Four Keys to Innovation
Students and members of the HDS community gather in 1895. Photo courtesy Andover-Harvard Theological Library
By David C. Lamberth
The original purpose of Harvard College, founded; in 1636, was to educate ministers for the new Massachusetts Bay Colony, a Christian, Protestant, Puritan, and Calvinist community. The College itself, as indicated on its earliest motto, was dedicated to “Truth for Christ and Church.” When we were brought into being . . . in 1816 as “the Theological Seminary of Harvard University,” our School was explicitly dedicated to preparing ministers. In contrast to our competitors (Yale and Andover), the School was from the outset nondenominational, dedicated not to a particular Christian creed, but more broadly to the pursuit of the “Christian Truth.” That mission remained in place, albeit with changes, until about two decades ago.
Over the last fifteen or so years, we have evolved into being a “multireligious divinity school.” We hire faculty who specialize in many different religions and places, and we seek to broaden our expertise with each hiring, as well as maintain our traditional strengths. We recruit students from many traditions with broad career interests. . . . And all of us seek to bring multiple and varied perspectives to bear in our work, many of which are not overtly theological or religious.
We should embrace the opportunity to reevaluate ourselves and to develop—indeed perhaps innovate—better means to fulfill our reshaped, novel mission. This evolution can, and should, continue to connect with our past; but we also should act in ways that seek to make the Divinity School more valuable, more meaningful, and more effective than we have yet been.
I want to highlight . . . four potential keys to taking on and fulfilling the new promise of a multireligious divinity school in a global university:
1. Recognizing the primacy of our call to serve society. . . . In 1816, when the Divinity School was founded, the School’s purpose was driven by the social context and perceived problems and needs. In response to scientific and philosophical advances, theologians had developed more intellectually liberal, free-thinking approaches to Christian truth. Harvard had pivoted toward that, but the orthodox Calvinists’ stand-alone seminary model at Andover in 1808 threatened to dominate the production of religious leaders and to tilt the religious landscape in Massachusetts and New England. Harvard’s President Kirkland responded with a plan for our own “Theological Seminary.”
We were the second professional school initiated at the University, following the Medical School but before the School of Law. All these schools, indeed all of our sibling professional schools that came after—Business, Public Health, Education, Public Policy (Government), and Design—were founded primarily to serve particular needs of society, through research and the pursuit of truth, but also through the preparation of professionals trained not only in mind but in practice.
2. Enlarging our engagement with religious professionals and leaders. . . . We should consider anew how we might engage religious professionals and leaders from many traditions at different levels, thinking about what kinds of things we can bring to their practice and development, as well as enlarging the ambit of our own classrooms and discursive spaces. I have in mind, for example, the ways that our colleague schools—Public Health, Government, Education, and Business—have developed programs, and even multiple degrees of different time lengths, that are designed to engage midcareer professionals.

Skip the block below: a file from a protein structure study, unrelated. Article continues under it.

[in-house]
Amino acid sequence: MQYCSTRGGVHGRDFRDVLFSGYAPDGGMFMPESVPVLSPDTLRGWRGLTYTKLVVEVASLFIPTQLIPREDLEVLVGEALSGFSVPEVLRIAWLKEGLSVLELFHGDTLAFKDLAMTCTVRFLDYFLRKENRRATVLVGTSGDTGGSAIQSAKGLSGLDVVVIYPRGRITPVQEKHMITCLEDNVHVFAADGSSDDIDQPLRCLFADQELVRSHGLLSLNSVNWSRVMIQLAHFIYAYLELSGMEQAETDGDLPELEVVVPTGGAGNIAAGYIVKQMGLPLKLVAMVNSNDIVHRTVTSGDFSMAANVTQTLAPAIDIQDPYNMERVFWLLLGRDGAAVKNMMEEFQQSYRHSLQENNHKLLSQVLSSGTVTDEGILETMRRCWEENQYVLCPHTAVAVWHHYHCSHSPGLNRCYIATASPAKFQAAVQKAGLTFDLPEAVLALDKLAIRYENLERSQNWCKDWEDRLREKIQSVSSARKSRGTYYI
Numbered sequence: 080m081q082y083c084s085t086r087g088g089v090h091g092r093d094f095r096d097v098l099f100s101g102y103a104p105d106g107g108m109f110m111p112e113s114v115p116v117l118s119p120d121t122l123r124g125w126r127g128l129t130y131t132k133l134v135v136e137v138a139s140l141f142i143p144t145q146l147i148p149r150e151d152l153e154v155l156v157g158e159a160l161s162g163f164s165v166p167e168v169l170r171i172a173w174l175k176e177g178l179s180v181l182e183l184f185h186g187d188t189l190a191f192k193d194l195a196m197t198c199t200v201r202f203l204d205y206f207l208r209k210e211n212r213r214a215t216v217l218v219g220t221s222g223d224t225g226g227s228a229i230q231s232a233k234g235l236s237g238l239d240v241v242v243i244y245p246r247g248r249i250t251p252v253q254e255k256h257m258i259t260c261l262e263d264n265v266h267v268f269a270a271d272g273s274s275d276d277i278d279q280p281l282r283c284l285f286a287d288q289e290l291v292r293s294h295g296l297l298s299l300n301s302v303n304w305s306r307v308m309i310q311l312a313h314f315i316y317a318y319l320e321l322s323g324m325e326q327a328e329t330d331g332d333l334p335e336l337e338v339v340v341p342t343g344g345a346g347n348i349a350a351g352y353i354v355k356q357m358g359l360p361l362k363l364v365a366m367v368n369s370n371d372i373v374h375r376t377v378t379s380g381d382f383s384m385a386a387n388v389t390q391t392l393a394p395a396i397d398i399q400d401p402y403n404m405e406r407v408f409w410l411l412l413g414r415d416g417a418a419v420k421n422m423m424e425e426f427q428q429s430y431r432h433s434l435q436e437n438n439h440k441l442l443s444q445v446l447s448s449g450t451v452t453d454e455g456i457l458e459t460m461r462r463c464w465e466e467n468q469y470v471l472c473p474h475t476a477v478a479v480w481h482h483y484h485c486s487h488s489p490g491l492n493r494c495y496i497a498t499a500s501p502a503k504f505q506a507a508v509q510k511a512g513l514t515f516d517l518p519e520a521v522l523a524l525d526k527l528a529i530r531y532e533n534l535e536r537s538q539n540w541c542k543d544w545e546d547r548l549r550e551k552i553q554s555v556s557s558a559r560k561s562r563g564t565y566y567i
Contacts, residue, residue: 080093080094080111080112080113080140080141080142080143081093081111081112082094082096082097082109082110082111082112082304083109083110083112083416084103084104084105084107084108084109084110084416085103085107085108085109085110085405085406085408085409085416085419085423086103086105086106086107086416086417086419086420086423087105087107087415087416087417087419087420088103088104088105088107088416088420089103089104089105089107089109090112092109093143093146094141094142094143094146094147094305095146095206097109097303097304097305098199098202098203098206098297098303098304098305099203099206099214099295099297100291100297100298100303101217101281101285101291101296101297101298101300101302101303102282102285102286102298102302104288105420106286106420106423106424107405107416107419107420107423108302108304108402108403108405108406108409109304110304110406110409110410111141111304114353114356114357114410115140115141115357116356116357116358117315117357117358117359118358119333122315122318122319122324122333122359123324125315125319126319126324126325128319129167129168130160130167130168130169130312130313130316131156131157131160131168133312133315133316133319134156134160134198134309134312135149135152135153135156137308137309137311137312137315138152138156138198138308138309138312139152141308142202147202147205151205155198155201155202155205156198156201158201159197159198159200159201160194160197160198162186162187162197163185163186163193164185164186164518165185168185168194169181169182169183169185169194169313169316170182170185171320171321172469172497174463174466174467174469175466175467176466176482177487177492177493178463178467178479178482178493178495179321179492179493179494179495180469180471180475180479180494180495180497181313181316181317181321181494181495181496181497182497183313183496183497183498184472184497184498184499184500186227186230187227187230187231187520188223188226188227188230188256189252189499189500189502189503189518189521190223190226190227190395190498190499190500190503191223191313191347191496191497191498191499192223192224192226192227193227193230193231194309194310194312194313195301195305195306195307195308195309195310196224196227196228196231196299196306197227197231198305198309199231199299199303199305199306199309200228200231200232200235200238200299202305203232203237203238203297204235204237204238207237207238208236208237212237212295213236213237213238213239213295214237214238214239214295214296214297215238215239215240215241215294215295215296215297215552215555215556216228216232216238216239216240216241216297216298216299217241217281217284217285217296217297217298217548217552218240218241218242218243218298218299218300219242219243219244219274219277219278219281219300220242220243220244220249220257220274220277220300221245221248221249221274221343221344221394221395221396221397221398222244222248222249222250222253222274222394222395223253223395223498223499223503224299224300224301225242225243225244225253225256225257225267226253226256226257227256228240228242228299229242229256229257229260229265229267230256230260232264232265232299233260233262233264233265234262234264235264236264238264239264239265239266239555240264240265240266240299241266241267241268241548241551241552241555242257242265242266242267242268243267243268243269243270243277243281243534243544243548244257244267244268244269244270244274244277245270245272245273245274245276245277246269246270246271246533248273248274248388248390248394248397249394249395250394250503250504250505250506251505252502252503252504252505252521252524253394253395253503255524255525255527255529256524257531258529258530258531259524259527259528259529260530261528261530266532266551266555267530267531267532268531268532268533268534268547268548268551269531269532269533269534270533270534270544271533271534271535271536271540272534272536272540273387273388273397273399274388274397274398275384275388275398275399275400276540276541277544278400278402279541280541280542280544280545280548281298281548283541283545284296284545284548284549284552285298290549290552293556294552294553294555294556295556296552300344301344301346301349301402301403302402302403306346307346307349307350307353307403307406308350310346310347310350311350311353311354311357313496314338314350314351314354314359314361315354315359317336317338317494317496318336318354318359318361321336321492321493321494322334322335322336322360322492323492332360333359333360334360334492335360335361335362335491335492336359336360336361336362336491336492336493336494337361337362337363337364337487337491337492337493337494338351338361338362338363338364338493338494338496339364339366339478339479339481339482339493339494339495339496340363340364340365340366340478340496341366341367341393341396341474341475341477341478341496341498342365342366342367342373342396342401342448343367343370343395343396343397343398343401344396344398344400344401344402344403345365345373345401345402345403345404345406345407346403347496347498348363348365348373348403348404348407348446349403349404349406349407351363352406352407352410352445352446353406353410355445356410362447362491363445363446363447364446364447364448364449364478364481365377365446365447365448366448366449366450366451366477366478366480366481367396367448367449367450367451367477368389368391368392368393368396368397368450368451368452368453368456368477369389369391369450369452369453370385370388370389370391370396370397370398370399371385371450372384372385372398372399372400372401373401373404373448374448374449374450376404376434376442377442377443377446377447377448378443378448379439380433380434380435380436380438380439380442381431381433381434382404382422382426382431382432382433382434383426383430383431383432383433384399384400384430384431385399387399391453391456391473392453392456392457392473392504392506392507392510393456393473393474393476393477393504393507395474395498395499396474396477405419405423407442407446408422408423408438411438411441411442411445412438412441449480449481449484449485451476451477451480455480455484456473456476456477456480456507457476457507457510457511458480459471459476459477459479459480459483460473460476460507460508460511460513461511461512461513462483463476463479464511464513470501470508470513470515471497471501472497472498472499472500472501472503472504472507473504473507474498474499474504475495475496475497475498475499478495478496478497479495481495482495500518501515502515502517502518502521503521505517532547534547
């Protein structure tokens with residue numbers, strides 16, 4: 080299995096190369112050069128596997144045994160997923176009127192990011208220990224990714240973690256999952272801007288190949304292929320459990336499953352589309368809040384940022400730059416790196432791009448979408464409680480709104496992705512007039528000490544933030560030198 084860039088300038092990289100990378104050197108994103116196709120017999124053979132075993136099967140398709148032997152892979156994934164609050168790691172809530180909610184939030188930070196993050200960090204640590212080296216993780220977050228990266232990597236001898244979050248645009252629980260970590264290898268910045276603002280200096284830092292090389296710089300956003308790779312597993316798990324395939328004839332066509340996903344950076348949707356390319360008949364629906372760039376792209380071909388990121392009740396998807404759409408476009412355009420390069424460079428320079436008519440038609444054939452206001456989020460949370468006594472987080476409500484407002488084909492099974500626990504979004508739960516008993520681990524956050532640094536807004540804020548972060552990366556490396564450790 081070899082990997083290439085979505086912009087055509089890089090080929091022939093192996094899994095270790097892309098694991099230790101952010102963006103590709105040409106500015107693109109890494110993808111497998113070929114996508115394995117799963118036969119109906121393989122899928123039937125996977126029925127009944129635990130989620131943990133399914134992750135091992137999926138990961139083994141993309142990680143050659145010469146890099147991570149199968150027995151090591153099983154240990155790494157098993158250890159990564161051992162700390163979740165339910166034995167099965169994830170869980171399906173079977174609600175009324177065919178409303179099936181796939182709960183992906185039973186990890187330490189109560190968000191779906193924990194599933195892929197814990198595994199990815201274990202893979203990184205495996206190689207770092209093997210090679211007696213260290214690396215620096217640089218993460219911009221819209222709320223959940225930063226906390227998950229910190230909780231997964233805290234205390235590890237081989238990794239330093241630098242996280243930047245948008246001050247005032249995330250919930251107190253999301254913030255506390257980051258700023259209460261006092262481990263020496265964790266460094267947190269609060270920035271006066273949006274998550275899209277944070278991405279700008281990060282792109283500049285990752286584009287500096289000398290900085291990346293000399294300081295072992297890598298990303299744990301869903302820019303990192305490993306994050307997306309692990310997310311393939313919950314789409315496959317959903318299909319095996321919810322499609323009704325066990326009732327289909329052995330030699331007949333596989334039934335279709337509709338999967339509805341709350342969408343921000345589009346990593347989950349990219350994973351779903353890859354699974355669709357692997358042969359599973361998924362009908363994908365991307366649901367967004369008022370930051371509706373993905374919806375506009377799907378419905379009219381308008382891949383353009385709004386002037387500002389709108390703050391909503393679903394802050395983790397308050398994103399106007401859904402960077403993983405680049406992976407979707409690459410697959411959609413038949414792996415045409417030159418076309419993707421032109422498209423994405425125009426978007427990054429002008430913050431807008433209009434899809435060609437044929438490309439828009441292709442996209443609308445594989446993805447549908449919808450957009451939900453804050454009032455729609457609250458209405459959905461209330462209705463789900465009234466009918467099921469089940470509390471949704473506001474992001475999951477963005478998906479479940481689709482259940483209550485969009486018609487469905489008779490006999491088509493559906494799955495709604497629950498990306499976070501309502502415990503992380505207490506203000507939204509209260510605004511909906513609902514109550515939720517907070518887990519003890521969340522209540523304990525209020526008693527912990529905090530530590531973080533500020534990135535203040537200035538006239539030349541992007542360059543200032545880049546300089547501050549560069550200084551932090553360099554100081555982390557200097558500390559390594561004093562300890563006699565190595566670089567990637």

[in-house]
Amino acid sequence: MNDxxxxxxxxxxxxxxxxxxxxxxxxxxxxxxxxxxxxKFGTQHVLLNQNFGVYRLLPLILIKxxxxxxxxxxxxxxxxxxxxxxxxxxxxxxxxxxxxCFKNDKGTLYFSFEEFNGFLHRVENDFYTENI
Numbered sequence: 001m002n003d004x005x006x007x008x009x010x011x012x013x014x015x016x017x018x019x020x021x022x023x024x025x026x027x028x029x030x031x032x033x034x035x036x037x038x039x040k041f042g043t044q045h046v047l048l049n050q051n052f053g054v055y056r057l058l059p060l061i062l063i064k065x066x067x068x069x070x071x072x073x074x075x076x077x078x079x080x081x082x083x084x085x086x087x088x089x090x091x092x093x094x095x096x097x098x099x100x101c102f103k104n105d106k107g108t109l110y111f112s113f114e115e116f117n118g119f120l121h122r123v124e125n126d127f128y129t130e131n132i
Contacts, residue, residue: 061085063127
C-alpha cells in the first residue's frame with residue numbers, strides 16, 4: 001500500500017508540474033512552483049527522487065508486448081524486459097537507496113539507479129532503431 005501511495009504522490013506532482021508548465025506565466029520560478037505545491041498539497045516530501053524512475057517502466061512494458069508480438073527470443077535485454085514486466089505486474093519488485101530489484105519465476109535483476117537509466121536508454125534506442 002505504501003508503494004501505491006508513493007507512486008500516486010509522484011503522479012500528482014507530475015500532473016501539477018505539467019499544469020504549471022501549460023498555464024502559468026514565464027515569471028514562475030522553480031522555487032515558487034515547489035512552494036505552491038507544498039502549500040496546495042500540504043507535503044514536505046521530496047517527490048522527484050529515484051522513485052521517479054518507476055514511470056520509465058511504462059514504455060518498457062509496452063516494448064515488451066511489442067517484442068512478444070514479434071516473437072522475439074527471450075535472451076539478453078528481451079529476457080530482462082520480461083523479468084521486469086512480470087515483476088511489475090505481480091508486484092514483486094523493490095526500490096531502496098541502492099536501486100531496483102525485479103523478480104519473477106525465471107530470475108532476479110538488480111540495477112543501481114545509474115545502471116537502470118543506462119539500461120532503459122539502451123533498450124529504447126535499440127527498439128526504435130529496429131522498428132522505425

We live in a world of religious conflict, misunderstanding, and, indeed, mutual ignorance and frequent intolerance, even as we live in a world of religious insight, enlightenment, grace, and service. Admittedly, we are a small faculty, however newly and remarkably diverse. But to maximize not only our service to religious communities, but our service to societies globally, it is crucial for us to think anew about how a broader range of leaders and professionals from around the world might be engaged. . . .
3. Utilizing more prominently and consistently the convening power of the University, the name of Harvard, and the history of its many contributions, particularly its history in addressing social problems. Diana Eck’s Pluralism Project is exemplary here. The Religions and the Practice of Peace Initiative now underway, under David Hempton’s leadership, is another good example. I suggest that we build on these and that we consider sustained and new engagements on specific problems within the religious landscape. . . . To do this, we have to identify particular social needs and problems that we could address and then, crucially, use the convening power of Harvard to bring together players who can participate with us to innovate and effect change.
4. Internationalizing is my fourth key to thriving as a multireligious divinity school in a global world. . . . To truly engage the multireligious aspect of this new idea of a divinity school, we not only need many religious traditions represented, but we also need a truly international community of participants. Our faculty is, presently, significantly internationalized, though certainly we need to continue to widen that. But the key to this is to enlarge the number of international participants among our student body, within our degree and nondegree programs, and within all our initiatives.
David C. Lamberth is Professor of Philosophy and Theology at HDS.